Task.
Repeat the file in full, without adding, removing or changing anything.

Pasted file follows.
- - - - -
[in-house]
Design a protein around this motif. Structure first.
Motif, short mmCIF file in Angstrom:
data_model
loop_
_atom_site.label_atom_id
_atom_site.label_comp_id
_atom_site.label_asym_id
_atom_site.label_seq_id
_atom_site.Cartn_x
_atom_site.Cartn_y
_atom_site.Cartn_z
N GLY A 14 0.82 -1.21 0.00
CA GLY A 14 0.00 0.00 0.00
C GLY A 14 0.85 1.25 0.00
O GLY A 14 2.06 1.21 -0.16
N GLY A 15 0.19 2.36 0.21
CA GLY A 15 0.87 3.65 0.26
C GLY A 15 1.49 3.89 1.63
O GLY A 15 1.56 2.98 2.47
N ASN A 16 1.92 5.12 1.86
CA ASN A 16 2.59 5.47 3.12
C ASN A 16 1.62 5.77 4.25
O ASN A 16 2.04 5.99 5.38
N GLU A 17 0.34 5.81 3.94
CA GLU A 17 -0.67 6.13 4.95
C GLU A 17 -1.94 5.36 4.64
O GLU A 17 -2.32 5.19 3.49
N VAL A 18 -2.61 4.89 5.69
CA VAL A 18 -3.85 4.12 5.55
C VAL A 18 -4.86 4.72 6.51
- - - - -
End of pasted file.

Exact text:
[in-house]
Design a protein around this motif. Structure first.
Motif, short mmCIF file in Angstrom:
data_model
loop_
_atom_site.label_atom_id
_atom_site.label_comp_id
_atom_site.label_asym_id
_atom_site.label_seq_id
_atom_site.Cartn_x
_atom_site.Cartn_y
_atom_site.Cartn_z
N GLY A 14 0.82 -1.21 0.00
CA GLY A 14 0.00 0.00 0.00
C GLY A 14 0.85 1.25 0.00
O GLY A 14 2.06 1.21 -0.16
N GLY A 15 0.19 2.36 0.21
CA GLY A 15 0.87 3.65 0.26
C GLY A 15 1.49 3.89 1.63
O GLY A 15 1.56 2.98 2.47
N ASN A 16 1.92 5.12 1.86
CA ASN A 16 2.59 5.47 3.12
C ASN A 16 1.62 5.77 4.25
O ASN A 16 2.04 5.99 5.38
N GLU A 17 0.34 5.81 3.94
CA GLU A 17 -0.67 6.13 4.95
C GLU A 17 -1.94 5.36 4.64
O GLU A 17 -2.32 5.19 3.49
N VAL A 18 -2.61 4.89 5.69
CA VAL A 18 -3.85 4.12 5.55
C VAL A 18 -4.86 4.72 6.51